First Piscataway-Led UMD Class on Indigenous Maryland History Explores Traditions, Colonization, Contemporary Issues
Photos by Riley Sims Ph.D.'23
Growing up in Charles County, Md., Anjela Barnes ’04 loved swimming, fishing, and paddling in Mattawoman Creek, just off the Potomac River.
As a Piscataway, “being outdoors is such an important part of our culture,” said Barnes, now the executive director of the Accokeek Foundation. “I remember as a kid, digging into the muck to find clams,” as her ancestors did in this area for thousands of years.
This fall, Barnes took University of Maryland students to the creek as part of “Where the Waters Blend: Contemporary Indigenous Perspectives on History, Traditions, and Modern Issues” (HNUH268W), a new course offered by the Honors College's University Honors program.
Prior to going out on kayaks, students were given the chance to offer tobacco in gratitude for the land and water by Mario Harley, vice chair of the Piscataway-Conoy Tribe. Out on the creek, they learned about the abundant variety of native plants, such as wild rice and tuckahoe, their characteristics and their relevance to the health of the ecosystem.
“Piscataway history is Maryland history and United States history,” said Assistant Clinical Professor Angela Stoltz Ph.D.’19 of the College of Education, who co-leads the class and is a citizen of the Whitetop Nation. “But Maryland’s Indigenous history has been marginalized by its colonial history. Anything that counters Maryland’s ‘proud’ colonial history is excluded from the storyline.”
The course is UMD’s first on Maryland’s Indigenous people that’s co-developed and co-taught by Piscataway-Conoy members. It covers Indigenous traditions and history, struggles during European colonization and contemporary issues. Fittingly, it’s taught in Yahentamitsi dining hall, the first building officially named in the Algonquian language spoken by the tribe (it means “a place to go to eat”).
“As a land-grant university on the homeland of the Piscataway, it’s
important that it’s not just a one-off relationship,” said class co-lead
Tiara Thomas, a citizen of the Piscataway-Conoy who serves as education
and interpretation director of the Accokeek Foundation, located in
Piscataway Park. “We are still here and still thriving. We are working
to make sure our presence is known throughout the state and beyond.”
Native Americans have lived in Maryland for thousands of years. The name “Piscataway” means “where the waters blend,” and its people largely lived between the Potomac River, the Chesapeake Bay and the Blue Ridge Mountains, fishing, hunting and living off of the land. After the English arrived in the early 1600s, the tribe’s population declined amid disease and expropriation of traditional lands. By the 1940s, fewer than 5,000 people of American Indian descent lived in nine Southern Maryland communities. In recent decades, Piscataway descendants pushed for formal acknowledgment, resulting in an executive order from Gov. Martin O’Malley in 2012 that recognized the Piscataway Indian Nation and the Piscataway-Conoy tribes by the state.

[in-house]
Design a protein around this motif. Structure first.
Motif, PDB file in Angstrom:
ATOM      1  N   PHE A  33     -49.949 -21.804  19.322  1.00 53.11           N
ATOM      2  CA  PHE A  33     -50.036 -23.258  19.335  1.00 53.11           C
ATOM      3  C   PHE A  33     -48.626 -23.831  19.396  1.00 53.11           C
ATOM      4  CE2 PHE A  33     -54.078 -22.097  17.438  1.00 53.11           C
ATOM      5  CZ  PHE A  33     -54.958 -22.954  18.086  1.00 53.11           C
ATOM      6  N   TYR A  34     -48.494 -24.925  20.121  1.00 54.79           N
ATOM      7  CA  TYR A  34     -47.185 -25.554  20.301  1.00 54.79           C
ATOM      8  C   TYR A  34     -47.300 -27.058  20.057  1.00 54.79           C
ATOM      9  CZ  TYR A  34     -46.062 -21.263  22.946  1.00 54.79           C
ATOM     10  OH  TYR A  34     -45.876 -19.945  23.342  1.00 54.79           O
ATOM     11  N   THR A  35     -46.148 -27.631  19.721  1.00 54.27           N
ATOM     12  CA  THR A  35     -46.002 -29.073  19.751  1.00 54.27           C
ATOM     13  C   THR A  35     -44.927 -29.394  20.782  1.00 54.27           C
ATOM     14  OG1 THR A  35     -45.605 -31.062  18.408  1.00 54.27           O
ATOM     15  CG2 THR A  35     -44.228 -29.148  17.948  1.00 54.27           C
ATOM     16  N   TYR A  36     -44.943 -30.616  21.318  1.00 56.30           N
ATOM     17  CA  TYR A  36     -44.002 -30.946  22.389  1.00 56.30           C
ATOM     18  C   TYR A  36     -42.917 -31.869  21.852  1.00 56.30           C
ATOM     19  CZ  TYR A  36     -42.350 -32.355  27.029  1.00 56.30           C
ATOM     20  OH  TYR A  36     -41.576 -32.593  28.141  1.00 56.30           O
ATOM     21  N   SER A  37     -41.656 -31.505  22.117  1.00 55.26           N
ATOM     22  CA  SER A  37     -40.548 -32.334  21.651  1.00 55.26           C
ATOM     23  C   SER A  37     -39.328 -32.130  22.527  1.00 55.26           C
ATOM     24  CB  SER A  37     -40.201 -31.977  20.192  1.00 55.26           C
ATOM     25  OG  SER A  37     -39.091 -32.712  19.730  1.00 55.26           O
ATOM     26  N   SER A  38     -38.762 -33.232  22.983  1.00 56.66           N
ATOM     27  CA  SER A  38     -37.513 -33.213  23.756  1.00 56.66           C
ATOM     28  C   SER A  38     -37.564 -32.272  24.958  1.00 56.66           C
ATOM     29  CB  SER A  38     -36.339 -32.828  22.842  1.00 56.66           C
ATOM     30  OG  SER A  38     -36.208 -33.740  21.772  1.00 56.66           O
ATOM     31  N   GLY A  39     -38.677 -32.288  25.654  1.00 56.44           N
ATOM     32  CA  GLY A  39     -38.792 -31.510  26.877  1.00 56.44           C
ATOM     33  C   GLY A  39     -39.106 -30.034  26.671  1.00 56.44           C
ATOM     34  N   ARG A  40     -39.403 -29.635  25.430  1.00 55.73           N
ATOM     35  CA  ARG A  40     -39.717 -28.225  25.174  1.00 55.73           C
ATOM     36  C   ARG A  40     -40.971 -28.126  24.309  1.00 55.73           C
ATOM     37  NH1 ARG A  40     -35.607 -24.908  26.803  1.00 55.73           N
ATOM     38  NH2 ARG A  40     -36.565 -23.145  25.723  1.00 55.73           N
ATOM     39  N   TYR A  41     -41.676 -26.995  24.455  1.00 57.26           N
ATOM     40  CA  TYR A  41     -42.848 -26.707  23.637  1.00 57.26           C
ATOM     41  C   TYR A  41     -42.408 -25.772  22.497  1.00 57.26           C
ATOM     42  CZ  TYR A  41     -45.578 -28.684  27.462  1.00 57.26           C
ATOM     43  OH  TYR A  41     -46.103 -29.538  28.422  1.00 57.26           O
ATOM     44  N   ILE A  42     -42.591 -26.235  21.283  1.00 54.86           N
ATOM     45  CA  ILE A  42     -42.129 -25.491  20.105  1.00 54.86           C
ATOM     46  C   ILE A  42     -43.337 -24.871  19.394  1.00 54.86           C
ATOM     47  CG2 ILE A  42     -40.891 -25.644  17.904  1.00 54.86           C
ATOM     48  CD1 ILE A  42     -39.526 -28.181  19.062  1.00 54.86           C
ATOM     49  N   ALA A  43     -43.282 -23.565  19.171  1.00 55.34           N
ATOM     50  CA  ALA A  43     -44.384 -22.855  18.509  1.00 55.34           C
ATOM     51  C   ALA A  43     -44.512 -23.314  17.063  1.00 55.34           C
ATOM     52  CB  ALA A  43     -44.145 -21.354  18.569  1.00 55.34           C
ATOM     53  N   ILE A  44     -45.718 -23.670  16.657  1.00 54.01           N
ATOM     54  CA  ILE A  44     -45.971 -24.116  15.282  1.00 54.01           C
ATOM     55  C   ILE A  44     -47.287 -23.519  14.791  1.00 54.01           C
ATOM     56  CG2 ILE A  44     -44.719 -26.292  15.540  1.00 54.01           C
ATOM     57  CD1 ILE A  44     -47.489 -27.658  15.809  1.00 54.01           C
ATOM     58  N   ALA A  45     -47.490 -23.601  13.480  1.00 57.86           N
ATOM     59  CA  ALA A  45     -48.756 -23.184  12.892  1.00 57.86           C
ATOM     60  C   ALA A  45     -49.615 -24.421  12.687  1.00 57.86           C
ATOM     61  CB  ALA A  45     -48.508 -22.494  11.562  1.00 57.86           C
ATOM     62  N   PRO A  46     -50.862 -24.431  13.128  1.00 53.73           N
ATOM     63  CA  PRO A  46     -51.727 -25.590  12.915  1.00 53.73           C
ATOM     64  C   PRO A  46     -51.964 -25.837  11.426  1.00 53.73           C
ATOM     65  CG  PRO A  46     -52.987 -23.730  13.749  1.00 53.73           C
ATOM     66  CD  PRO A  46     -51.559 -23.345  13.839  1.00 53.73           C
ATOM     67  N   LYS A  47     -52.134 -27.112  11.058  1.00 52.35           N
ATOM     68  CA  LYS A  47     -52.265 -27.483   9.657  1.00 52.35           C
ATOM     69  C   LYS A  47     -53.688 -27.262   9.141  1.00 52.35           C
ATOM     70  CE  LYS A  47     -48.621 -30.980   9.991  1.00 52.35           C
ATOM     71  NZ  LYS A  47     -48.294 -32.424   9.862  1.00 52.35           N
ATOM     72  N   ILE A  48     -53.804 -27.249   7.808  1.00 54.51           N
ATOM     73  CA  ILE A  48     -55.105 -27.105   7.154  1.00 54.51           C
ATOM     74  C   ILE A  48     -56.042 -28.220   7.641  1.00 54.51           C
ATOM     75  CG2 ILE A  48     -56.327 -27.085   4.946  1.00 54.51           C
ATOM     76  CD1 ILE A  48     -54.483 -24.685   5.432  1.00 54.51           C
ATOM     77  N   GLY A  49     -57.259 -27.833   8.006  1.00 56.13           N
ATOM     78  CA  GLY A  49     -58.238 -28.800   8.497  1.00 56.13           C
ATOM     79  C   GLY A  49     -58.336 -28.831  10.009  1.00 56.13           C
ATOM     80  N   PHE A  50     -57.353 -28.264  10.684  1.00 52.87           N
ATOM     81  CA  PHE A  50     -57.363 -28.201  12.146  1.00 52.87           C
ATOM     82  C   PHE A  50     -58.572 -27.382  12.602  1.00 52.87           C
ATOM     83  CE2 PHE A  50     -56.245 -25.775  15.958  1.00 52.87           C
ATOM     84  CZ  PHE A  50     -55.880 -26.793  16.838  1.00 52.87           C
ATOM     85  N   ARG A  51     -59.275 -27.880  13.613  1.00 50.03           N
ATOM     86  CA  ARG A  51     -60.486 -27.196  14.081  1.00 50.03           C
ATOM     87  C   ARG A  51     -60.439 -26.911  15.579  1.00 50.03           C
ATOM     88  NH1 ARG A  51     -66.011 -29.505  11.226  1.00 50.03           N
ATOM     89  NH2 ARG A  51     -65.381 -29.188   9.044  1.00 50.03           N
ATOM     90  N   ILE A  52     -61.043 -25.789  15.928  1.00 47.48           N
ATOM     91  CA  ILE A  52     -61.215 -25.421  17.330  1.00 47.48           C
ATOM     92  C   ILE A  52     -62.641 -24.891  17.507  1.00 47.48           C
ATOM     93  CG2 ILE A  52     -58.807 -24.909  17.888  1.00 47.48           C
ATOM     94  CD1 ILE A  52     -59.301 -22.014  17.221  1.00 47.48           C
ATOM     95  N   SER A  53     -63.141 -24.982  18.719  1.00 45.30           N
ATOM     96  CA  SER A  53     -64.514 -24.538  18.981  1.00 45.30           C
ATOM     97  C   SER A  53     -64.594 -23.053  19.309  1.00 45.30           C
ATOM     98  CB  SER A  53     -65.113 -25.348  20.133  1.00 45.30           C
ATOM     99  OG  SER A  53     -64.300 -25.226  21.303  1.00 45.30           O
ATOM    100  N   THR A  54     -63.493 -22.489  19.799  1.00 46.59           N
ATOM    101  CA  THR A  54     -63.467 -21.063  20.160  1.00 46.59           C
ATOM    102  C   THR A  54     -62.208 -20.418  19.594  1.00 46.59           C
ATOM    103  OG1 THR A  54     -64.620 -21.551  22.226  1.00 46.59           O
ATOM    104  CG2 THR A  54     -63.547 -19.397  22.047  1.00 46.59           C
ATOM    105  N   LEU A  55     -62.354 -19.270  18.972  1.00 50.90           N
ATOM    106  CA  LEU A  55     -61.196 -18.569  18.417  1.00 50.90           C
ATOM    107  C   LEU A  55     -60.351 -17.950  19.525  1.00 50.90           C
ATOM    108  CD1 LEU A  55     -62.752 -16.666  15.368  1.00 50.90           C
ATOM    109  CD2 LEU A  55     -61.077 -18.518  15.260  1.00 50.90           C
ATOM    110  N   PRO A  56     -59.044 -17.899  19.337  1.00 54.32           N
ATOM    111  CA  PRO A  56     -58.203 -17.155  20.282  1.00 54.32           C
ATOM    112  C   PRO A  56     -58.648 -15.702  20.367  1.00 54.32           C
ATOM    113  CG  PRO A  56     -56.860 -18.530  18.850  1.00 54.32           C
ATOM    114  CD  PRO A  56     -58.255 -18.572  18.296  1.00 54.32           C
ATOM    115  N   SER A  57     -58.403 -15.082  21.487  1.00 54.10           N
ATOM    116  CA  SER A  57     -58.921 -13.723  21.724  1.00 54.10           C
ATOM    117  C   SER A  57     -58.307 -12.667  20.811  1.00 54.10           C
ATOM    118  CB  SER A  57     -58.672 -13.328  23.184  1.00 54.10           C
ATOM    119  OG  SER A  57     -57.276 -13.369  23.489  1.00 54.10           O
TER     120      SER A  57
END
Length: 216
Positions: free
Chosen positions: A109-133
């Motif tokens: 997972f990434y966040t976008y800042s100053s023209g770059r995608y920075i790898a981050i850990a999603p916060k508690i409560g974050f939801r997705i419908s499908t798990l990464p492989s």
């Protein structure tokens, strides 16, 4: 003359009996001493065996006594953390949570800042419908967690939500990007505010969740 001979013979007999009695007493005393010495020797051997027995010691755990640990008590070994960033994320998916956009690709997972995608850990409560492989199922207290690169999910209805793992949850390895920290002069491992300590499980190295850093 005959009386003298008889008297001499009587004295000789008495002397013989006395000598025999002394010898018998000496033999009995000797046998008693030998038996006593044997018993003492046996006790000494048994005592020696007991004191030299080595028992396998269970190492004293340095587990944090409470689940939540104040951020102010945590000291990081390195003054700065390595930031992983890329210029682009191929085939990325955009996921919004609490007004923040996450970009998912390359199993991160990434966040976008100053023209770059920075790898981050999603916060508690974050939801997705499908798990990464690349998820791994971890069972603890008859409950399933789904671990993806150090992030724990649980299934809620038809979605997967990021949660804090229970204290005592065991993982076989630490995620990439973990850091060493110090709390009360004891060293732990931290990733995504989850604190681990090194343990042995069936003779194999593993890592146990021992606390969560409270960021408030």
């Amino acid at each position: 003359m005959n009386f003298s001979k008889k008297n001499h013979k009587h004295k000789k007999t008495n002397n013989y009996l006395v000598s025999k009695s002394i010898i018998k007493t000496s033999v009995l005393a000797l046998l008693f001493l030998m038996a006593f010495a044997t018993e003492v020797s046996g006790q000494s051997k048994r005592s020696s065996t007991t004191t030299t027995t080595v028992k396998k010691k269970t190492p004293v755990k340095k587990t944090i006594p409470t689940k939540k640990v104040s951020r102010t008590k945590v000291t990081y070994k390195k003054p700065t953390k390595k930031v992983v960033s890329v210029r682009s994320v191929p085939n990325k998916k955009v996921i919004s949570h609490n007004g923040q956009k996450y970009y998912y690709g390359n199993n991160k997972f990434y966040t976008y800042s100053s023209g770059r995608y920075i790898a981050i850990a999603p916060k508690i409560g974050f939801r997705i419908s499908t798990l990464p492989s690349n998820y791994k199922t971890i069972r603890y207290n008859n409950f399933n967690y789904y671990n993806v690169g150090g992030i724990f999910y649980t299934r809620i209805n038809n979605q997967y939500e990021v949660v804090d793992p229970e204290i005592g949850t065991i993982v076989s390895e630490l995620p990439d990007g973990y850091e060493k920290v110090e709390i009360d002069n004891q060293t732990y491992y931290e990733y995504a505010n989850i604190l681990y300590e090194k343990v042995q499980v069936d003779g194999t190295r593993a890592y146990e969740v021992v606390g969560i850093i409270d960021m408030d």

Developing the UMD class materials from state, national and tribal archives and records took more than a year, as tribal members combined knowledge from published and undocumented stories and artifacts, such as state and federal treaties, wampum belts made of shells, as well as newspaper clippings, census reports and genealogical records.
“There’s no real formal education for tribal history because a lot of it is just passed down orally,” said Barnes. “This was a good opportunity to reconnect with tribal community members, long-lost friends, and family, and learn some things we never knew ourselves.”
In a recent class, five Piscataway-Conoy members—Thomas and her daughter Tamia Barnes, Joe Harley and Zelda Proctor—answered student questions on a panel. Topics included the relationship between the Piscataway and the Catholic Church, the role of music in tribal traditions, culturally significant foods, and the recent rise in colleges and other institutions acknowledging tribal history and land.
“It’s about time,” said Barnes. “There’s a lot of good intention. But it’s going to take deeper work to keep it going.”
Though the course is currently only offered to Honors students, the goal is to expand access to all UMD students by offering multiple classes and incorporating the current course as a foundational requirement for a Native American studies minor.
“Anyone who can take this class should,” said physics major Isaac Sherwood ’27. “When you learn about Native Americans in history class, it’s from a colonial perspective. Now, I have a different view of everything. Learning directly from the members of the tribe has been really cool.”
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